care for your craft: metal
Do you know how to care for your metal work?
Due to metal’s durability and versatility, it is a natural choice as a medium for a range of items. These range from everyday items such as cutlery, serving utensils, coinage and electronics. It can be used for delicate products such as jewellery but can also be used in large scale sculptural work or in industrial machinery.
To know how to properly care for your metal craft, ask yourself where the product will be used, and kept, in your home.
A few things to look our for when you are shopping for metal craft:
- What are you using this crafted piece for? Is it appropriate and safe in the space?
- How to properly care for this particular metal, for example, polishing and cleaning; some metals can react differently to different cleaners.
- Is the design appropriate to the piece’s function?
- Was the iron brightened before finishing, with rust-proofing?
Durability, functionality & aesthetics
Upon selecting a metal piece, focus on the relationship between its durability, functionality and aesthetics.
The piece should be clean, meaning excess solder minimized and excess resin removed. Seams should be completely even – avoiding excess filler. No tool marks should be visible unless intended by design.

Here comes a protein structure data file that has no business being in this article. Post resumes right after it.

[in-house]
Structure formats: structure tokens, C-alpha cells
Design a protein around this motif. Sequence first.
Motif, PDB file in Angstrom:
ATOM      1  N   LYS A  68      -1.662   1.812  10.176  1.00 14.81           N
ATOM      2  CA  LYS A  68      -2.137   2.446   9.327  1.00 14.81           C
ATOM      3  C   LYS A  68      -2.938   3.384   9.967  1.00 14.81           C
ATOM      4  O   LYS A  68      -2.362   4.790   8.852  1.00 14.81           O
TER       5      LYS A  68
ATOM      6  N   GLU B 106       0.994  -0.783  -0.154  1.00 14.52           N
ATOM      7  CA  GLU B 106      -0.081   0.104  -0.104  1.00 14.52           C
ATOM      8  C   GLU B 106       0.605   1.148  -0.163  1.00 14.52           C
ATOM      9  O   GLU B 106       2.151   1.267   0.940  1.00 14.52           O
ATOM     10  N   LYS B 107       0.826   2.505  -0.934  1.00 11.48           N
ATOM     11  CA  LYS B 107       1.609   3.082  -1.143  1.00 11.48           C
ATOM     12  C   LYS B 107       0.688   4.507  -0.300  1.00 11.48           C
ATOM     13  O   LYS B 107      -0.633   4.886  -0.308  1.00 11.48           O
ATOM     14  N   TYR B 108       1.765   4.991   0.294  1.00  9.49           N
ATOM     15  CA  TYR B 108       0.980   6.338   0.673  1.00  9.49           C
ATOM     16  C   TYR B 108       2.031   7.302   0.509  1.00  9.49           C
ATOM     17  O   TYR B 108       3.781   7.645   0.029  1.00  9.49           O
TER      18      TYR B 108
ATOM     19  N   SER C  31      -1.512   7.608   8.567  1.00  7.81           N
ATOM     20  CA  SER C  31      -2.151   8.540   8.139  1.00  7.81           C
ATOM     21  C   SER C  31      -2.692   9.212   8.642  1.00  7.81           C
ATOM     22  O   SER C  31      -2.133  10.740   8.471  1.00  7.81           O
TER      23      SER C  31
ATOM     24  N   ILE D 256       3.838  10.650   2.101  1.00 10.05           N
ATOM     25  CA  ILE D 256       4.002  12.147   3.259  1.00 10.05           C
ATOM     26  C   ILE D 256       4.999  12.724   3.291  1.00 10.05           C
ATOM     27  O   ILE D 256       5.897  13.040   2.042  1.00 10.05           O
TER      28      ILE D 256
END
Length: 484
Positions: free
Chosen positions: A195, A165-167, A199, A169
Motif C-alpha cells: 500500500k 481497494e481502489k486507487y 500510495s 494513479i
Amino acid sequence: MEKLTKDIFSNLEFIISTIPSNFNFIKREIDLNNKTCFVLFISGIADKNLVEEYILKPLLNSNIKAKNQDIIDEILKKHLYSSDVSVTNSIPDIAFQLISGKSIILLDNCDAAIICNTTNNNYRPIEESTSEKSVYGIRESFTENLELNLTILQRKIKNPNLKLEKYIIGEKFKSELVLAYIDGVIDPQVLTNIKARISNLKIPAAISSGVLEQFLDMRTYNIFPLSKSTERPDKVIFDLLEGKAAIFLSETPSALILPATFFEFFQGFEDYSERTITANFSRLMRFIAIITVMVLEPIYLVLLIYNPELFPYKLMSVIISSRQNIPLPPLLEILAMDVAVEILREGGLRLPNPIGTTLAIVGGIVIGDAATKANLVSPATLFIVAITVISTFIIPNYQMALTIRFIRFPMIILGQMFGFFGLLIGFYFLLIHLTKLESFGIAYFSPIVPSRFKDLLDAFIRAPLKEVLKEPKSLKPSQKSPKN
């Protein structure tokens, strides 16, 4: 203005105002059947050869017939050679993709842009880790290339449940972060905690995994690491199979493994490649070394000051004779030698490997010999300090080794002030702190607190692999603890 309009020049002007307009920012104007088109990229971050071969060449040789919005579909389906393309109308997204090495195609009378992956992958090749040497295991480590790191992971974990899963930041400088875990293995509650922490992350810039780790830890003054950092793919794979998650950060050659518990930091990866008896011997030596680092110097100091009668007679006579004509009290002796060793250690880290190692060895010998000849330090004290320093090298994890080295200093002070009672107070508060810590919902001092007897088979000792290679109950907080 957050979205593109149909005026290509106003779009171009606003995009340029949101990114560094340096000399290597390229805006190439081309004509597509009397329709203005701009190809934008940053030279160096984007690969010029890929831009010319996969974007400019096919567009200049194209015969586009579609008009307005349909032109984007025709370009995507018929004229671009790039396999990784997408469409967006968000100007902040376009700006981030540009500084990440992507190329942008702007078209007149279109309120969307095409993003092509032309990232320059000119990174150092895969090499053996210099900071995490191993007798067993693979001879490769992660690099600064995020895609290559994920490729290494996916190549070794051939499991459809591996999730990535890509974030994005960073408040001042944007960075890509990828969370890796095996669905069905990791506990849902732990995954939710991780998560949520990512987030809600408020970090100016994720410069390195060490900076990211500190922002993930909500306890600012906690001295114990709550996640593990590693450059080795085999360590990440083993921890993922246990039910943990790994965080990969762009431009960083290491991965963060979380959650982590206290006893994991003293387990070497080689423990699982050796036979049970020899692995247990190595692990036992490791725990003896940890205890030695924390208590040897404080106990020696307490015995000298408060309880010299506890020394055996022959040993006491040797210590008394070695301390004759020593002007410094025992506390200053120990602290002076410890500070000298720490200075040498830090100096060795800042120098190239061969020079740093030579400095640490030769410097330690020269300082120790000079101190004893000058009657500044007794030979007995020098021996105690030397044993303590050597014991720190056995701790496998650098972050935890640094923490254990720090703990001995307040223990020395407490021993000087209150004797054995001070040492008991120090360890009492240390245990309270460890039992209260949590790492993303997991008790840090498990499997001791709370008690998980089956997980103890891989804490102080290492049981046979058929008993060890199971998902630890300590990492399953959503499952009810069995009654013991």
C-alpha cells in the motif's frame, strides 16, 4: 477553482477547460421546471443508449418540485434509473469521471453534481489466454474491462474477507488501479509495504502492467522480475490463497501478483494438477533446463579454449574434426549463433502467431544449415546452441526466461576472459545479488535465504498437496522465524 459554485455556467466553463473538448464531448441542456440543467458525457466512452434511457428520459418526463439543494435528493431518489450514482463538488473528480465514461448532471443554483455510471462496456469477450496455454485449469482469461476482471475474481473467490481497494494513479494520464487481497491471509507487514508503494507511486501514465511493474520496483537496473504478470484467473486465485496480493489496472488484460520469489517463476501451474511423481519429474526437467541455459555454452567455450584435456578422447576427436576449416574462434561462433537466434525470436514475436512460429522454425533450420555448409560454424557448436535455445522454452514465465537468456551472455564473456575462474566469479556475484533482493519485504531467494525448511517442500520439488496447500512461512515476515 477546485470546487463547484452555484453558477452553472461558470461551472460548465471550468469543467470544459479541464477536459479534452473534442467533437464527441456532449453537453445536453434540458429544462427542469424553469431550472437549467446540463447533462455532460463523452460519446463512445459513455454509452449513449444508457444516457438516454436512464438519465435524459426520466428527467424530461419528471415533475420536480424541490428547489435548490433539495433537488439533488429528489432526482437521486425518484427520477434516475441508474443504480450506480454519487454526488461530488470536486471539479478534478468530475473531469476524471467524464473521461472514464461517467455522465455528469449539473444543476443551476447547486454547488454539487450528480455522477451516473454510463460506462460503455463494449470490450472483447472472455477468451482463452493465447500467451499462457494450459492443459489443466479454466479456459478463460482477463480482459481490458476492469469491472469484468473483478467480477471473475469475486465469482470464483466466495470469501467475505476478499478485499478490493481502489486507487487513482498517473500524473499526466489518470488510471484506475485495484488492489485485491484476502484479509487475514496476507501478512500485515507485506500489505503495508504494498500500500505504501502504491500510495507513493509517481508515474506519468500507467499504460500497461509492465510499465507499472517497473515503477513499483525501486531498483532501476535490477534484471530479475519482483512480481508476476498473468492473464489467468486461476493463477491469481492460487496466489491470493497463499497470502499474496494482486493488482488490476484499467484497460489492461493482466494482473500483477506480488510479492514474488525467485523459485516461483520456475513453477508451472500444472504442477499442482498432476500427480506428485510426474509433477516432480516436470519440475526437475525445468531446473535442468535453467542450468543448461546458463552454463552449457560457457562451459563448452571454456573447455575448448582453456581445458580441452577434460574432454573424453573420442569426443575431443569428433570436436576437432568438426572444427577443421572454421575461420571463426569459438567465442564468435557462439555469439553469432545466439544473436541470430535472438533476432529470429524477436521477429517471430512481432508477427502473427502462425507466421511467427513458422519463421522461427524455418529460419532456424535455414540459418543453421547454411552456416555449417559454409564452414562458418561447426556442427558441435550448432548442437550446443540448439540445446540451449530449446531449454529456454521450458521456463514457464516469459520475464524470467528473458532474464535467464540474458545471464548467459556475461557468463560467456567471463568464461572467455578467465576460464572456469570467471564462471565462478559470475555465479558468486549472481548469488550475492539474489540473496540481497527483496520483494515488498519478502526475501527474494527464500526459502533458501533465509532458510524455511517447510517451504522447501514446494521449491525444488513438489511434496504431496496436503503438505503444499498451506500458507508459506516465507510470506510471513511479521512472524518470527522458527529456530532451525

The work must not contain lead or cadmium bearing alloys if in contact with food for health safety.
For example, all food serving items and children’s toys must have non-toxic finishes. All toys must meet Health Canada material, production, packaging and labelling requirements, such as age requirements for choking hazards.
Ask the artist about their pieces to learn more about their process - there is always a new story, technique, or material that you can discover when you purchase craft!
We have recently added a selection of metal craft by member professional artists to our shop online. You can now find a variety of shapes, sizes, and types of metal to shop from the comfort of your home!
Craft pictured: Top: Tiny Trap Necklace by Sherri Pelican. In text: Serve Spoon by Stefanie Dueck